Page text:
• Dangerous opioids such as fentanyl can leave residue in public places such as classrooms, airports, and Metro buses. Only a small dose can be lethal. OPIO crafted a cleaning product that will neutralize opioid drug residue, making public transit, and other public spaces safer. OPIO was the work of senior business administration major Drew Swanson.
  • The Village recognized that first-generation college students face barriers to higher education. They need information on college processes, financial aid, how to find role models, and how to secure employment. Through a dedicated web platform, peer mentoring, and a jobs board, The Village hopes to increase the success rate of first-generation college students in the Seattle area and beyond. The Village business plan was written and presented by Viktoriya Prozapas, a senior double majoring in accounting and business administration; Johnny Lo, a junior business administration major; Xavier Smith, a junior economics major; Madison Raines, a junior social justice and cultural studies major; and Emilio Tolomei, a first-year business administration major.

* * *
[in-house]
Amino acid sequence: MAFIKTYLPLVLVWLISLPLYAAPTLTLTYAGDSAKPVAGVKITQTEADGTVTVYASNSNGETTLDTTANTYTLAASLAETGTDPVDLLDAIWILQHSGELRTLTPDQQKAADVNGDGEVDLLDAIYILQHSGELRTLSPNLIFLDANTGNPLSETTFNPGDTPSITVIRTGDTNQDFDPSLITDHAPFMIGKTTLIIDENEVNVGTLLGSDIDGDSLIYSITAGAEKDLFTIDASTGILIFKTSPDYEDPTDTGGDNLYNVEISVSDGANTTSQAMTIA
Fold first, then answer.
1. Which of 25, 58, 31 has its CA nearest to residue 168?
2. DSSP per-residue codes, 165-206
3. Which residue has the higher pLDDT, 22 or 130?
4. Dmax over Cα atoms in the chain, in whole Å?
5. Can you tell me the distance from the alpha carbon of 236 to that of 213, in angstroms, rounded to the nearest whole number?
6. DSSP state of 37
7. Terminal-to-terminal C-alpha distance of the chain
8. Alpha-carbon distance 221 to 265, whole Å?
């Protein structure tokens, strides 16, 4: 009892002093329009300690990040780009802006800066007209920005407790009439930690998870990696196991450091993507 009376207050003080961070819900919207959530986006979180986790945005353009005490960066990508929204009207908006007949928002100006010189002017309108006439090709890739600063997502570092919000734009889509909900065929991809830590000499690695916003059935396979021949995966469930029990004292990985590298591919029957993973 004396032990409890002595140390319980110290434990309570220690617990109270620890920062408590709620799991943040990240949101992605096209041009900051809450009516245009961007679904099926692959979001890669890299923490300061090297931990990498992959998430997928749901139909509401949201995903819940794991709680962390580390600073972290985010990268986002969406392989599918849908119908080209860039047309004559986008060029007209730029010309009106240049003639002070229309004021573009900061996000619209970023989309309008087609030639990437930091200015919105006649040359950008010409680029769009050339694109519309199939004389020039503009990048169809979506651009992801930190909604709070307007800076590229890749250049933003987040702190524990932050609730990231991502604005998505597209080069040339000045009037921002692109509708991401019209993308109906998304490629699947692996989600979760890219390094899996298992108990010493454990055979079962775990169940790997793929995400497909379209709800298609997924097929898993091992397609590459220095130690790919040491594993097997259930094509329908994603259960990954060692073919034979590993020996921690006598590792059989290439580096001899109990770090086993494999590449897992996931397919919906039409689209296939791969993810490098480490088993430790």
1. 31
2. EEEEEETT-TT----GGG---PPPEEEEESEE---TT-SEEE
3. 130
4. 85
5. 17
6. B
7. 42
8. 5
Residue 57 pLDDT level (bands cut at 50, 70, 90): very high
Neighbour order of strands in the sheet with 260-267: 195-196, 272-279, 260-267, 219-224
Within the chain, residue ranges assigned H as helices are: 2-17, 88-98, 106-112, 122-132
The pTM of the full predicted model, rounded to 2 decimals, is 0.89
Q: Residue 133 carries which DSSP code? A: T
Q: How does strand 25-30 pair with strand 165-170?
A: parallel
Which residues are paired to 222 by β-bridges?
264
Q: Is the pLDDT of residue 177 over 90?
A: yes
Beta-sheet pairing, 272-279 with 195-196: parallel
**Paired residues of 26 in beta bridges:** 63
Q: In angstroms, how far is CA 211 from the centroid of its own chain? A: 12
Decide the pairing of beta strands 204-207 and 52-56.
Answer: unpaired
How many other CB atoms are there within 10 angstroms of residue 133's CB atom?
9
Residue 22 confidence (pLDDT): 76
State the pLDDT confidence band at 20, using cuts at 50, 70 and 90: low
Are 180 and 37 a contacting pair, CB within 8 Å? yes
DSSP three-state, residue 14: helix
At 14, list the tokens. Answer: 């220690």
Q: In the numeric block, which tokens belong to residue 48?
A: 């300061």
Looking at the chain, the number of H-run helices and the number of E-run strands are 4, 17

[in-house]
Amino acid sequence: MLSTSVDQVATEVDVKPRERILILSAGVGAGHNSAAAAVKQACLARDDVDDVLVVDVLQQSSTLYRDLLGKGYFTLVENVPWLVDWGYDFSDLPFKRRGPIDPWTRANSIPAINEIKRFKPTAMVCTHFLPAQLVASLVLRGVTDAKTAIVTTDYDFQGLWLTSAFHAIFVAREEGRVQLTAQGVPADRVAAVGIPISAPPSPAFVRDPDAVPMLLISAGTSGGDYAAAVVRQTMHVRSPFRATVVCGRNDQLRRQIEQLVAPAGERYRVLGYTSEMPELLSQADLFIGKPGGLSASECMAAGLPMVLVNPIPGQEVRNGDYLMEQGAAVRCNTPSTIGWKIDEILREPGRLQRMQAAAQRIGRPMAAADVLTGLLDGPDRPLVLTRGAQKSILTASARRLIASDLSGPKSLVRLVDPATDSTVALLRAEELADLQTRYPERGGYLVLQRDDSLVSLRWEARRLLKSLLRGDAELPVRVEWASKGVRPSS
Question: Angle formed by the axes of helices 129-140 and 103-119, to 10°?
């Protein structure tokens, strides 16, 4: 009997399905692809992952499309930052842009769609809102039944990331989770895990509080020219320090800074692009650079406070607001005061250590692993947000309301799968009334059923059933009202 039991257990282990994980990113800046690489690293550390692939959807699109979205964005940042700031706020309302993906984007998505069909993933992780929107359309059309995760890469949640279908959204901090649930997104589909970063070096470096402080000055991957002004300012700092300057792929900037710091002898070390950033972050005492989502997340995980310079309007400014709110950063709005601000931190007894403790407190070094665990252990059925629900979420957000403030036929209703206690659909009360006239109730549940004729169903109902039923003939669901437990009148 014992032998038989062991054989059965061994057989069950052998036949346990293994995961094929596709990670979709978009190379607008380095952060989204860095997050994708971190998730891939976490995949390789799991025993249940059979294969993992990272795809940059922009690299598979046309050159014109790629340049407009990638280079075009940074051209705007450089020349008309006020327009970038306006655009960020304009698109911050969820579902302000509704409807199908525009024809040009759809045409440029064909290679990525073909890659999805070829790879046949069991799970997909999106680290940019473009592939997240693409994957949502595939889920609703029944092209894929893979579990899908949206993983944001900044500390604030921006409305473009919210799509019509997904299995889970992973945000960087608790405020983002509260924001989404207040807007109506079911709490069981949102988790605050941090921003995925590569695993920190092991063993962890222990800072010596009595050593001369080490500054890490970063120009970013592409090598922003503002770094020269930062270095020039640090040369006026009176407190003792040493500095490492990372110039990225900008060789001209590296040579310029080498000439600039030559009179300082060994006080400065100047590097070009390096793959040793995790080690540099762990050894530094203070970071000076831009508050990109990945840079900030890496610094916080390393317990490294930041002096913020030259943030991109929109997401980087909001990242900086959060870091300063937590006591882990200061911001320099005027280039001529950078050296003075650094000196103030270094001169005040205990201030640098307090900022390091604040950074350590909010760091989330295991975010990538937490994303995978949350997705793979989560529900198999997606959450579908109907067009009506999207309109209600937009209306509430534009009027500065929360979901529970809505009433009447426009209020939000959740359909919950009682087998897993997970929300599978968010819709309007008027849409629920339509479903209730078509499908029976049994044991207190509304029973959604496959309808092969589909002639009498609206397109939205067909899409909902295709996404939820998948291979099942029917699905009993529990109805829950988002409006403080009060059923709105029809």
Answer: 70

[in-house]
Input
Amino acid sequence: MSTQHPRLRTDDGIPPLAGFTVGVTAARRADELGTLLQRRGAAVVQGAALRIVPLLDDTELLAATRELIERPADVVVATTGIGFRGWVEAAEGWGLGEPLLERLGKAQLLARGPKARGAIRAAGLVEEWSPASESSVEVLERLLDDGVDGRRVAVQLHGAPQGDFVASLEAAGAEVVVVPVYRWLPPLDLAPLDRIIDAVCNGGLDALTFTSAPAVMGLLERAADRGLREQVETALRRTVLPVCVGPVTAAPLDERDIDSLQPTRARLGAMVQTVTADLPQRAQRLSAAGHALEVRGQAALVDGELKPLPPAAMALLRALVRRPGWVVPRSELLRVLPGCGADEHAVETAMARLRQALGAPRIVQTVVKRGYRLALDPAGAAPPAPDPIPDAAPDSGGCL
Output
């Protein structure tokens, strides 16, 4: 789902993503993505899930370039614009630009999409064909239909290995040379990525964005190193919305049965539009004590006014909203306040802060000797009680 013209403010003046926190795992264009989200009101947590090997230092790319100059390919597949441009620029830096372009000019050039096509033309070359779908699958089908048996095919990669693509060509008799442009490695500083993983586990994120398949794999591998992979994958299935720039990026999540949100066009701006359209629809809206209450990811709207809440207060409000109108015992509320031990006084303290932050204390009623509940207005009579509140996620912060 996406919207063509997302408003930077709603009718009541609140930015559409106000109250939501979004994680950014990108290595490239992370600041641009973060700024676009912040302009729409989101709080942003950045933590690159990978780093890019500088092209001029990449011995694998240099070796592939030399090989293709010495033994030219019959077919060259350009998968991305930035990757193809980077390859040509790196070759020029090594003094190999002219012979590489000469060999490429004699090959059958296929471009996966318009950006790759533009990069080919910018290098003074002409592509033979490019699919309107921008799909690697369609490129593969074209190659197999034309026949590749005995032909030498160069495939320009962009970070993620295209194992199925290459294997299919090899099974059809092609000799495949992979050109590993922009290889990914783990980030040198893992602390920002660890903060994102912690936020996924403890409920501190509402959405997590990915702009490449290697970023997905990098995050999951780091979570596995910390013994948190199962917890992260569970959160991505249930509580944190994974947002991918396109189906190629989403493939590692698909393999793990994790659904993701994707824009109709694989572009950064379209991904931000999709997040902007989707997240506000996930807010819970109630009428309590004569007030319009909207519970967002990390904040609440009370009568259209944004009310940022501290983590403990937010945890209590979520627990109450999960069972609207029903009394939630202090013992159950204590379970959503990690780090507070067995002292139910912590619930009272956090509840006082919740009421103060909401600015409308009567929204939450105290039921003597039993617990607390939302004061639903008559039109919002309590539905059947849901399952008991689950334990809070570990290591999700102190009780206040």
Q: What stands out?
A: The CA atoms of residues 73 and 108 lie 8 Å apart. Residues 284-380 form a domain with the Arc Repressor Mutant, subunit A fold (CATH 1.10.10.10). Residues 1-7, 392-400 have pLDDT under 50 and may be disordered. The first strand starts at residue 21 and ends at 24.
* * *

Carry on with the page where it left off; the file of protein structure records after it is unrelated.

In the first round of the competition, community partners read, reviewed, and scored 20 written business plans, representing nearly 80 students from four different schools.

Prior to the Showcase event, students participated in a series of seminars on the basics of writing a business plan as well as attended coaching sessions with knowledgeable businesspeople, non-profit executives, and others. In all, more than 100 community volunteers gave time as readers, instructors, coaches, and judges.